Istanbul Law Review
Online Formation, Online Filing of Company Documents and Online Disclosure in the Register according to the Digitalisation Directive (EU) 2019/1151 and the German Law (DiRUG)Funda Özdin
In these days marking the end of the manual age and moving quickly into the digital age, humans are witnessing how the phenomenon of digitalization surrounds people in both individual and social spheres as well as in business life. At a time when digital transformation has taken effect in almost all areas of life, law is expected to keep pace with these developments, as it cannot afford to lag behind the dynamics of life. Corporate law is one branch of law that has been strongly affected by this digital transformation. When looking at both international and national developments in recent years, many new regulations can be seen to have been made under company law regarding the broader use of digital tools and processes. One important regulation that should be mentioned in this context is the Digitalisation Directive (European Union [EU]) 2019/1151, which was enacted on July 31, 2019. With this directive, many regulations were made regarding company law and increasing digital applications. A comprehensive draft law Gesetz zur Umsetzung der Digitalisierungsrichtlinie [Law implementing the digitalization directive, or DiRUG] was prepared in the EU member state of Germany in order to incorporate the directive’s provisions into national law, which entered into force on August 1, 2022. This study deals with the provisions of the Digitalisation Directive and DiRUG regarding the online formation of companies, the online filing of company documents and information, and the online disclosure of companies registers of member states.
2019/1151 sayılı AB Dijitalleşme Yönergesi ve Alman Hukuku (DİRUG) Uyarınca Online Şirket Kuruluşu, Sicile Online İbraz ve Sicil Kayıtlarının Online İlanıFunda Özdin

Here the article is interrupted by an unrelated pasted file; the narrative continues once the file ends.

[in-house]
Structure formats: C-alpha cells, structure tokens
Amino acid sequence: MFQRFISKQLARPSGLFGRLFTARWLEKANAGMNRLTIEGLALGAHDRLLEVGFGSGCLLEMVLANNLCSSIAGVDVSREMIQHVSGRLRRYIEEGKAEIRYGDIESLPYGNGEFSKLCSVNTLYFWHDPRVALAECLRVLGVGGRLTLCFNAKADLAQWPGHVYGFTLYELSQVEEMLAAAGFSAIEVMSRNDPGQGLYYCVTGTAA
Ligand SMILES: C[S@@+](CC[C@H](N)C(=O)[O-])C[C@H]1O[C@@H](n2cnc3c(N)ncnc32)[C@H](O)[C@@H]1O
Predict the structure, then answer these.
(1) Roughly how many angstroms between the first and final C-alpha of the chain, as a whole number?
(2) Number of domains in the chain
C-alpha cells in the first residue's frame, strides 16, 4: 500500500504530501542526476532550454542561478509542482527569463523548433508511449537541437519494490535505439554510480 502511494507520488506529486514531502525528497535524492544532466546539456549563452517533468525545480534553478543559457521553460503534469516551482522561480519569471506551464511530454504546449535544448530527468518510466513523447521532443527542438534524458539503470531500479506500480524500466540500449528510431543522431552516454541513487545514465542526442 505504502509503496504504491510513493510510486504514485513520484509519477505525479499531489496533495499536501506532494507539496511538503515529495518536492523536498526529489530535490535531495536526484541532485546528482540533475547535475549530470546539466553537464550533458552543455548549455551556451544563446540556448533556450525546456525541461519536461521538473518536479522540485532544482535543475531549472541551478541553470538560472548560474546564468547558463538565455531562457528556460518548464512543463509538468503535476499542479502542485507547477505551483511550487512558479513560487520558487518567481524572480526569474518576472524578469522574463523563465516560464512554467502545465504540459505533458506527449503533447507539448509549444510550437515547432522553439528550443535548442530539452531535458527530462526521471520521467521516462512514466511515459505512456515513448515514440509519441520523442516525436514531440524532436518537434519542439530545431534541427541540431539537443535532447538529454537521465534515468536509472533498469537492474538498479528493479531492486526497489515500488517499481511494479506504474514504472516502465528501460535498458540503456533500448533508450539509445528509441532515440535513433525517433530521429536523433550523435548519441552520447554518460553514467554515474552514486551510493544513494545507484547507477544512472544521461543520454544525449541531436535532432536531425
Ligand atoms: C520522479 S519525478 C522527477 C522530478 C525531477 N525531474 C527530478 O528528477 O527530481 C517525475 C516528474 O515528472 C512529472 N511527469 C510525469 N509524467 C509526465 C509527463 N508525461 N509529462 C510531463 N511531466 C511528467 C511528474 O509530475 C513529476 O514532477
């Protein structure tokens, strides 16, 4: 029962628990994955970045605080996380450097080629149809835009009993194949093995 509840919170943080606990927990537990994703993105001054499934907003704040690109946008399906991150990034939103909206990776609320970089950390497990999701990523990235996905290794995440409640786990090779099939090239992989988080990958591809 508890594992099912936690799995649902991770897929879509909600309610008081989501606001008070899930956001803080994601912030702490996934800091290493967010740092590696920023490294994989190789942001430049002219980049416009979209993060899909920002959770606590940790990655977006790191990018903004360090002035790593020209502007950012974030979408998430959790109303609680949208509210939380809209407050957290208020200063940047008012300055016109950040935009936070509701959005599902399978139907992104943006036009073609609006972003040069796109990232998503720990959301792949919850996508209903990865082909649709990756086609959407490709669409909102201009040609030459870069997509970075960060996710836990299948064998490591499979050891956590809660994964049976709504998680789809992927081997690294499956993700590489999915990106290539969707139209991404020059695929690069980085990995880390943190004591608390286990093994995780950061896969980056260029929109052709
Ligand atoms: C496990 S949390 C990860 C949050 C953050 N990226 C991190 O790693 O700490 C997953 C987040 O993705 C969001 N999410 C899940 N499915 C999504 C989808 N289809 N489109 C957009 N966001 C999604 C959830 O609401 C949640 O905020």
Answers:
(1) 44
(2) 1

Manuel çağı kapatıp dijital çağa hızlı adımlarla geçiş yaptığımız şu günlerde, “dijitalleşme” olgusunun insanoğlunu gerek bireysel ve toplumsal alanda gerekse iş hayatında nasıl çepeçevre kuşattığına hep birlikte tanık olmaktayız. Dijital dönüşümün hayatın neredeyse her alanında etkili olmaya başladığı böyle bir zamanda, hayatın dinamiklerinin gerisinde kalma lüksü olmayan hukuk biliminden de bu gelişmelere ayak uydurması beklenmektedir. Nitekim son yıllarda hukukun hemen her alanında dijitalleşme odaklı düzenlemeler ve uyarlamalar yapılmakta olup; şirketler hukuku da bu gelişmelerden payına düşeni ziyadesiyle almaktadır. Teknolojik gelişmelerin ekonomi hayatına kazandırdığı dijital hareketlilik ve hız, özellikle bu dünyanın önemli aktörleri olan şirketlerin söz konusu gelişmelere ayak uydurabilecek şekilde dizayn edilmelerini ve buna paralel olarak gerekli hukuki düzenlemelerin yapılmasını zorunlu hale getirmiştir. Nitekim gerek uluslararası gerekse ulusal boyutta yapılan çalışmalara bakılacak olduğunda, dijital enstrüman ve yöntemlerin şirketler hukuku alanında daha geniş bir şekilde kullanılması amacına yönelik birçok yeni düzenleme yapıldığı görülmektedir. Bu bağlamda incelenmesi gereken önemli düzenlemelerden bir tanesi, 31.07.2019 tahinde yürürlüğe giren 2019/1151 sayılı AB Dijitalleşme Yönergesidir. İlgili yönerge ile şirketler hukukunda dijital uygulamaların artırılması amacıyla çok sayıda yeniliğe imza atılmıştır. Nitekim Birlik’e üye ülkelerden Almanya’da, yönerge hükümlerinin ulusal hukuka dahil edilmesi amacıyla hazırlanan Kanun (DiRUG) da, 01. 08. 2022 tahinde yürürlüğe girmiş bulunmaktadır. Dijitalleşme Yönergesi ve buna paralel olarak Alman Hukuku’nda dijital uygulamaların sisteme dahil edilmesi amacıyla birden fazla alanda düzenleme yapılmış olmakla beraber; bu çalışmada yalnızca “online şirket kuruluşu”, “belgelerin/bilgilerin sicile online ibrazı” ve “sicil kayıtlarının online ilanı”na ilişkin yapılan düzenlemeler ele alınmıştır.
With the Digitalisation Directive (EU) 2019/1151, many regulations have been made regarding company law to increase digital applications. The main purpose of the directive is to facilitate the formation and registration of companies within the borders of the EU by enabling the use of digital tools and methods in the field of company law. In particular, the aim is to reduce the cost of incorporating start-ups and small- and medium-sized businesses as well as their time and administrative burdens. The EU member state of Germany recently passed Gesetz zur Umsetzung der Digitalisierungsrichtlinie [Law Implementing the Digitalization Directive, or DiRUG] in order to transpose the directive’s provisions into national law and entered into force on August 1, 2022.